A force at 40: Ortiz finishing career with a flourish
Papi's final season ranks among the best in history for a position player of his age
By Andrew Simon
David Ortiz's remarkable farewell campaign, which concluded its regular-season portion with Sunday's 2-1 loss to Toronto at Fenway Park, has stood out strikingly in the context of baseball history. Few position players, if any, have crafted such a fine final season.
But while Big Papi is choosing to call it quits at the end of 2016, there's nothing he can do about his age. Ortiz turned 40 last Nov. 18, and such an event is almost never a good thing for a Major League player. Yet the Red Sox slugger has responded to that milestone with one of his best years.
It's that production, at that age, that makes his season stand out the most.
Most hitters, even great ones, don't extend their careers into their 40s in the first place, and the ones that do often find themselves competing with eroding skills. Of the 12 Hall of Famers who recorded at least 100 plate appearances in their age-40 season since 1995, eight produced an OPS+ below the league average of 100, and only Rickey Henderson in 1999 topped the 110 mark. Most recently, Ken Griffey Jr. hit .184/.250/.204 over 108 plate appearances for the 2010 Mariners before retiring.
Ortiz, of course, has long reaped the benefits of the designated hitter role and played a total of five innings in the field in 2016. If not for the DH, his performance wouldn't be possible.
But while Big Papi's body might be faltering, his bat is as potent as ever, generating a final line of .315/.401/.620 with 48 doubles, 38 home runs and 127 RBIs. His 162 OPS+ finished behind only Mike Trout among qualified MLB hitters, while Ortiz led the Majors in doubles and slugging percentage.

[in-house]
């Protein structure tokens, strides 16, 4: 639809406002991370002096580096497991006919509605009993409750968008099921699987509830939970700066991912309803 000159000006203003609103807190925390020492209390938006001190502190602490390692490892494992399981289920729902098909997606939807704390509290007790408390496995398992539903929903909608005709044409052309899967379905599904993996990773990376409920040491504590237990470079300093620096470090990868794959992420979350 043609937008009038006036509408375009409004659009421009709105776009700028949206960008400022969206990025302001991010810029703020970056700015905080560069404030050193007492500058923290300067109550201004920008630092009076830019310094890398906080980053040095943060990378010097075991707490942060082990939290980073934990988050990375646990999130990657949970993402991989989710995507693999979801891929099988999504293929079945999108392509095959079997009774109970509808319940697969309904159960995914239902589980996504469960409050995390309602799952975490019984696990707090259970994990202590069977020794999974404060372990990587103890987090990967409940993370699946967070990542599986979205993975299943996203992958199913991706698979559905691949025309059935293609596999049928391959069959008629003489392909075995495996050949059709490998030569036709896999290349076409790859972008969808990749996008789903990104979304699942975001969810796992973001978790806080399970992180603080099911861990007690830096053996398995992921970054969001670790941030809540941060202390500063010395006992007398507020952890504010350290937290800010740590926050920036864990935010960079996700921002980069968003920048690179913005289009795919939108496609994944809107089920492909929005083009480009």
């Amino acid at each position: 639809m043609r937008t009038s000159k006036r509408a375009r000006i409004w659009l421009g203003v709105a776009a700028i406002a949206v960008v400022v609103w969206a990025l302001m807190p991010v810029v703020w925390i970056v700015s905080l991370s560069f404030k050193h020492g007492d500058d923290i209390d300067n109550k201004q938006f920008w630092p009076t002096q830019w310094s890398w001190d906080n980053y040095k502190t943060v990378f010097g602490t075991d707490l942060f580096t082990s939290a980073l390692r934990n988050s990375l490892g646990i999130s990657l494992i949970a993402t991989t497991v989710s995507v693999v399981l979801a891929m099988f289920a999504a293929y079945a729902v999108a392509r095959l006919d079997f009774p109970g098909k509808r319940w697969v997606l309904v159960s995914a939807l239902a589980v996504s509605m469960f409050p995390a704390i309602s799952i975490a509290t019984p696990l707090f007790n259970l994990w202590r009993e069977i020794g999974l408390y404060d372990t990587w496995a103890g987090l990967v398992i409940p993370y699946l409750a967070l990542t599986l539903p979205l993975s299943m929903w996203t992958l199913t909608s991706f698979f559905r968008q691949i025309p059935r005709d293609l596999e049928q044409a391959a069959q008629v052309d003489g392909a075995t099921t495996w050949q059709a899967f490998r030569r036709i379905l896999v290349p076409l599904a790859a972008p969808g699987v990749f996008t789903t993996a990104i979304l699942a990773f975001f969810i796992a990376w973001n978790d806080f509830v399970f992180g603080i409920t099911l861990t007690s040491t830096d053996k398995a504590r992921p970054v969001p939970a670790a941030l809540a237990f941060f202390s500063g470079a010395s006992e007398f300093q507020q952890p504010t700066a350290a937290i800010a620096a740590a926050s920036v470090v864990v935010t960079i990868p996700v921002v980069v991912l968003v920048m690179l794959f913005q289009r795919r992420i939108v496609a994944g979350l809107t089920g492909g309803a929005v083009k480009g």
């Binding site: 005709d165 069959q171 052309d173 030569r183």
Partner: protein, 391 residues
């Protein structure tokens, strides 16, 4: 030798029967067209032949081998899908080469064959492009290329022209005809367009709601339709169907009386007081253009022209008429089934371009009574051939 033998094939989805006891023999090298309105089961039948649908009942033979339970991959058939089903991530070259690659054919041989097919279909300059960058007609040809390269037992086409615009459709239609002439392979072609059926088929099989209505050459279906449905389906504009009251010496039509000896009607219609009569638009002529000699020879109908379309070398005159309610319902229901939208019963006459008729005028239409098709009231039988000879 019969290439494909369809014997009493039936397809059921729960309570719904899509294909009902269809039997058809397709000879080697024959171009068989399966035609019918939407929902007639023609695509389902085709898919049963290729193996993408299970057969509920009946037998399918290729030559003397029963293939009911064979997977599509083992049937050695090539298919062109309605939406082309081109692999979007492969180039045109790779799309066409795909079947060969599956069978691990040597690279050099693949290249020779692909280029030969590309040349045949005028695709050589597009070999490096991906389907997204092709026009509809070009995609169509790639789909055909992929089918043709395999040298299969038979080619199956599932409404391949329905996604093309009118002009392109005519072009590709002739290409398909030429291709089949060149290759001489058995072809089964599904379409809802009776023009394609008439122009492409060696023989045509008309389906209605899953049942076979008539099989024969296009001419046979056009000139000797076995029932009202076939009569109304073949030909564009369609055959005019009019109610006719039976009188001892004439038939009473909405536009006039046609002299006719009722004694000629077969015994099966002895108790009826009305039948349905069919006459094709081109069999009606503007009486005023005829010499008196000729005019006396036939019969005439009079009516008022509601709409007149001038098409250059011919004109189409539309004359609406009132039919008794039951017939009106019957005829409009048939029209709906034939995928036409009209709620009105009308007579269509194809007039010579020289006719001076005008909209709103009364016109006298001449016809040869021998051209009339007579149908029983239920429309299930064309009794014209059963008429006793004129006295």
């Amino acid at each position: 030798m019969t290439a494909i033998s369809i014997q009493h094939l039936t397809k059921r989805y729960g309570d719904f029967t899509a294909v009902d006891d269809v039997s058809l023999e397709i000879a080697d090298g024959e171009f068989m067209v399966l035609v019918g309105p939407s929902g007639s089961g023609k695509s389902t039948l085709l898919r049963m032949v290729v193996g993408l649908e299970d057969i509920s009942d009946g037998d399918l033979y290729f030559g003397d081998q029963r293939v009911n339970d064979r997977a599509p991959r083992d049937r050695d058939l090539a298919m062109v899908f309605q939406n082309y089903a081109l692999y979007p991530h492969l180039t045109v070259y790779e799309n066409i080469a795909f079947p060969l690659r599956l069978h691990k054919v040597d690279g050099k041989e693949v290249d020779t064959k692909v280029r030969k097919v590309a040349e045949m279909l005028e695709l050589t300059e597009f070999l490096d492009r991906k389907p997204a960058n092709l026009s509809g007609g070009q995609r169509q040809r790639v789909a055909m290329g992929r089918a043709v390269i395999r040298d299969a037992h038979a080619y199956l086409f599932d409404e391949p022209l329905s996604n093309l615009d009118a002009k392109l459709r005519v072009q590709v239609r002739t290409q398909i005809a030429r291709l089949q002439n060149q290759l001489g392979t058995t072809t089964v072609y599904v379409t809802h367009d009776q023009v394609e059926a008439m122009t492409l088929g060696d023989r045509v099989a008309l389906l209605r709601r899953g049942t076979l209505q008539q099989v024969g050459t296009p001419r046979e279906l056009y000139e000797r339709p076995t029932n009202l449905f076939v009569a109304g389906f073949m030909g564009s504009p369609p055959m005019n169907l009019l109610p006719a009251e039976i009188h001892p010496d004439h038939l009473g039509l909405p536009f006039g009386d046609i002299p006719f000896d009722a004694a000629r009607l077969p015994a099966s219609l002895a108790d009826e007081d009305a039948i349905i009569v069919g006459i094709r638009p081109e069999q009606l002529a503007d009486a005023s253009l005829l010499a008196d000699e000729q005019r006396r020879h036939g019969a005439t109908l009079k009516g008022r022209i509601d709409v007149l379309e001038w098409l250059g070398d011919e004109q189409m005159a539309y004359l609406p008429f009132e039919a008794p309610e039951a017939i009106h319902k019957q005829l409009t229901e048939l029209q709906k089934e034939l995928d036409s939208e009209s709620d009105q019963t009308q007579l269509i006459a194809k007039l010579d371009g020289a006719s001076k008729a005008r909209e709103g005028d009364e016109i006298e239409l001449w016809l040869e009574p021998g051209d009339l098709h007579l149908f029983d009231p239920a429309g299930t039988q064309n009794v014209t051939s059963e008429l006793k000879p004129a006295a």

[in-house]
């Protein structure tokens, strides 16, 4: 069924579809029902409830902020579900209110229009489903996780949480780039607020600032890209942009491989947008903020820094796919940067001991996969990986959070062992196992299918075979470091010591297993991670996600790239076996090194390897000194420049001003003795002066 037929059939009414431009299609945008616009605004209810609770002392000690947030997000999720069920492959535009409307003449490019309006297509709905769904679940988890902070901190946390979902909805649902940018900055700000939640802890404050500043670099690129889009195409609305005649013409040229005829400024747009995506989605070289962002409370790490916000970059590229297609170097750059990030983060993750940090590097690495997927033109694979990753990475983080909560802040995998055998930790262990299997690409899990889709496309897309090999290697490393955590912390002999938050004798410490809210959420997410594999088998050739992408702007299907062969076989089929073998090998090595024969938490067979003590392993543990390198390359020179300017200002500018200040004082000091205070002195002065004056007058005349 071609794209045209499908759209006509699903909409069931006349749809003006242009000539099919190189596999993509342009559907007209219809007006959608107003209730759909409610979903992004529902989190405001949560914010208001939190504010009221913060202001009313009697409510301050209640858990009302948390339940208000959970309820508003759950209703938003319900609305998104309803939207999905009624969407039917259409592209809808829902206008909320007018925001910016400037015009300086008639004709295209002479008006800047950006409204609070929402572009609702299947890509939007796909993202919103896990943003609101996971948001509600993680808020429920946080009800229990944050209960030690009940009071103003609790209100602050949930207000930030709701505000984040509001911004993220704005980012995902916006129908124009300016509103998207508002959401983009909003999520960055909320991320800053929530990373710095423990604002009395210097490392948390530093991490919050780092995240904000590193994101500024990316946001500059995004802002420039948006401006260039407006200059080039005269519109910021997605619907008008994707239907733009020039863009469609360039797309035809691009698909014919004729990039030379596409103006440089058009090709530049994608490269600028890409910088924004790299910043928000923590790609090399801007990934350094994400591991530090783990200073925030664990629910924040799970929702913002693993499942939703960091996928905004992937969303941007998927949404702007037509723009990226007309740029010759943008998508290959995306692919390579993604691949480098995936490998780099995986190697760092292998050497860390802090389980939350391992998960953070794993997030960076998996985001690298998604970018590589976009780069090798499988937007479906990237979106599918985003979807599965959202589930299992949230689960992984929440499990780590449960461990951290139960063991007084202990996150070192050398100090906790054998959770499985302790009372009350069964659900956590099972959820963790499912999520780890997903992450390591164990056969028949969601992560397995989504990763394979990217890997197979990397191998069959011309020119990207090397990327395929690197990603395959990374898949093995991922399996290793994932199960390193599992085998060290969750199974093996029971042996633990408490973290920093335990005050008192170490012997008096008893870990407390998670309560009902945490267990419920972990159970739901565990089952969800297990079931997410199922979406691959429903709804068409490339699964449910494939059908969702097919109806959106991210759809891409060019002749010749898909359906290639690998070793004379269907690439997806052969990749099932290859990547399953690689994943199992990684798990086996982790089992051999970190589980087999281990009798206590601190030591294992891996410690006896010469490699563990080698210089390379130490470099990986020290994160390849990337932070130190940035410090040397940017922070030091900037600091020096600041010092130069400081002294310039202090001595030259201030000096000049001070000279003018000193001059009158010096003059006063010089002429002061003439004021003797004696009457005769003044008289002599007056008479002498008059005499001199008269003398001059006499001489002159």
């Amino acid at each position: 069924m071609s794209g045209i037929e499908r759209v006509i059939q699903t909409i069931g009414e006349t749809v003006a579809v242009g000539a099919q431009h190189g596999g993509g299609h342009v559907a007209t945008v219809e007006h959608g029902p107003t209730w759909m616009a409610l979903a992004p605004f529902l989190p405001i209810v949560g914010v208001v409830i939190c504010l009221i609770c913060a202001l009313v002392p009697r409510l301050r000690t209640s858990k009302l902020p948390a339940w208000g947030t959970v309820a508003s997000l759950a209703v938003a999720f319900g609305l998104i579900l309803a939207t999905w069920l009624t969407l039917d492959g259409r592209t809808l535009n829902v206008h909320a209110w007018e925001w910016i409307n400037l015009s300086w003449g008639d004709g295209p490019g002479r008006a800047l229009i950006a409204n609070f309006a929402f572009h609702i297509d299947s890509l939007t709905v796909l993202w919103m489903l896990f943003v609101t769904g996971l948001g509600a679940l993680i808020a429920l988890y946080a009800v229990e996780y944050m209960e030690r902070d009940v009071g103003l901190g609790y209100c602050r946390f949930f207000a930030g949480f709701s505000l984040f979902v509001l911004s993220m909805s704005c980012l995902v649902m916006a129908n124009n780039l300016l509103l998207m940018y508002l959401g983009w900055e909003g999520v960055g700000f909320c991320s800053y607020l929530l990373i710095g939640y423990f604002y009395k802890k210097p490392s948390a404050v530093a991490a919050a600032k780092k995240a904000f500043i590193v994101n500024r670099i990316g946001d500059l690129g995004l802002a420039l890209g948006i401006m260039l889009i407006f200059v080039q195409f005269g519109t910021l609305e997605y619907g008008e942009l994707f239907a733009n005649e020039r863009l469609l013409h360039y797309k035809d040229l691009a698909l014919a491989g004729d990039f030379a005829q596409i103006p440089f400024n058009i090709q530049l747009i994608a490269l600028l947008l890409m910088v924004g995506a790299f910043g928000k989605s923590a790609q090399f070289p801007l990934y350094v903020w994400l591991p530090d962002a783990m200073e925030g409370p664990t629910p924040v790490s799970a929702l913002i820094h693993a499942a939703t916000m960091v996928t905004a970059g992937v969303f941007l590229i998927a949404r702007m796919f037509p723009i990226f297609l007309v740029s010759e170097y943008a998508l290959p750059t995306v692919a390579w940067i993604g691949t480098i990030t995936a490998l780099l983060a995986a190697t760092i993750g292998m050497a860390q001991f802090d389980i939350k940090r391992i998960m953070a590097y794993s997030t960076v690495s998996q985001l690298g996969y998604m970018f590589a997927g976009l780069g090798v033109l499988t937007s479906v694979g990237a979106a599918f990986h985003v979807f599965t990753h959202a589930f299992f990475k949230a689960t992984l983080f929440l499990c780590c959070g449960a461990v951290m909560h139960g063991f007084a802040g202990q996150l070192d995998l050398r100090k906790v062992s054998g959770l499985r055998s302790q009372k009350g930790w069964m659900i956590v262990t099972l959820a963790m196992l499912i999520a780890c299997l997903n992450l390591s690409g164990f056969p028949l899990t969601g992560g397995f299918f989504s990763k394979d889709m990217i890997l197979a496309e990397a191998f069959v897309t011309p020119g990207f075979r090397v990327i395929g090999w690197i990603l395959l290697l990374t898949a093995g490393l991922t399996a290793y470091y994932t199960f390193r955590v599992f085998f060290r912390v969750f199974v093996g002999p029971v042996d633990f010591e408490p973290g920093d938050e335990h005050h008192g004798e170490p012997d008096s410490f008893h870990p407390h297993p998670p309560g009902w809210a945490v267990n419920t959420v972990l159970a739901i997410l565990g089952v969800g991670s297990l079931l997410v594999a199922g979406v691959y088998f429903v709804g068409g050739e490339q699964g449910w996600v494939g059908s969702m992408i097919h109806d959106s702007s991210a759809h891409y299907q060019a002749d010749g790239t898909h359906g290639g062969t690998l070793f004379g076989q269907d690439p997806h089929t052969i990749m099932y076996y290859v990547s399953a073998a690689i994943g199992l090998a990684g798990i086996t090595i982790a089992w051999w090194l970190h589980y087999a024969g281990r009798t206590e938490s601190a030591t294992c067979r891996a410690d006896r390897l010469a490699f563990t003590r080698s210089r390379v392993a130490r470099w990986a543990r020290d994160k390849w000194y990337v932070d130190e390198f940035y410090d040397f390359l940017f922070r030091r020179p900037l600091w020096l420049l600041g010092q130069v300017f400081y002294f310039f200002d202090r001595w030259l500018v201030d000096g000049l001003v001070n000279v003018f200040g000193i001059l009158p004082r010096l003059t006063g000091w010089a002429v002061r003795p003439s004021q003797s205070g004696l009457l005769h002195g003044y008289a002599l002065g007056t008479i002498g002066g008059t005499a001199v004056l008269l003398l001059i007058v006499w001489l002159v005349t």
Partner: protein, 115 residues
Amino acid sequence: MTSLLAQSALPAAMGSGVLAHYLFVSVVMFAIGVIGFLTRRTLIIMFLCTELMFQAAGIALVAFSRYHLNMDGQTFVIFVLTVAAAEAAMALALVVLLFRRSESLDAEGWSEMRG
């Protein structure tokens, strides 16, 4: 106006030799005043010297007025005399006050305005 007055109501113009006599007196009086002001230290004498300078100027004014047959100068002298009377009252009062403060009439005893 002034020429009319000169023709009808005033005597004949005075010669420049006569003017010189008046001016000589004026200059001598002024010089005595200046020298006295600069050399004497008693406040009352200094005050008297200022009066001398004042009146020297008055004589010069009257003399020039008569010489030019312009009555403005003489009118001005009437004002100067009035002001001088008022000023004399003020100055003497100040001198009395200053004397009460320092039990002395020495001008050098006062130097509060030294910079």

When it comes to Baseball-Reference.com's wins above replacement (WAR), only two position players rank above Ortiz for a single season at age 40 or older since 1901:
Of the other eight players on that list, only Evans is not enshrined in Cooperstown, and none overlapped with Ortiz in the Majors. Since the Twins first brought up Ortiz in 1997, only Barry Bonds (2006-07) and Edgar Martinez ('03) have reached 3.0 WAR in a season in their 40s, and only four others reached the 2.0 plateau (Moises Alou, Harold Baines, Chipper Jones and Kenny Lofton).
Among 40-plus players, Ortiz broke Evans' single-season record of 34 home runs in 1987, Rice's record of 35 doubles in '30, and Winfield's record of 108 RBIs in '92.
Looking only at those with enough plate appearances to qualify for the batting title, Ortiz's slugging percentage surpassed Stan Musial's 1962 record of .508 by more than 100 points. In terms of OPS+, Mays was the only close challenger:
(Bonds posted OPS+ of 156 and 169 in 2006-07, at ages 41-42, but narrowly missed the plate-appearances cutoff both times).
When combined with the fact that this is Ortiz's final season, his age-40 exploits become that much more impressive.
Since 1901, he is just the 12th player age 40 or older to even qualify for a batting title in his last year. Of the previous 11, only Lofton had topped a 100 OPS+, at 105. During that time, the only players to reach even 3.0 WAR in such a scenario, regardless of plate appearances, were Bonds in 2007 (3.4) and Ted Williams in 1960 (3.0).
On Sunday, Ortiz's final regular season came to an end, but he might not be done making history, with Boston starting the American League Division Series on Thursday in Cleveland. Only 10 players have homered in the postseason after their 40th birthday, and only two have done it in the World Series: the Yankees' Enos Slaughter in 1956, and the Phillies' Joe Morgan in '83 (twice).
By the time October is over, there just might be another select list with Big Papi's name on it.
Andrew Simon is a reporter for MLB.com. Follow him on Twitter @AndrewSimonMLB. This story was not subject to the approval of Major League Baseball or its clubs.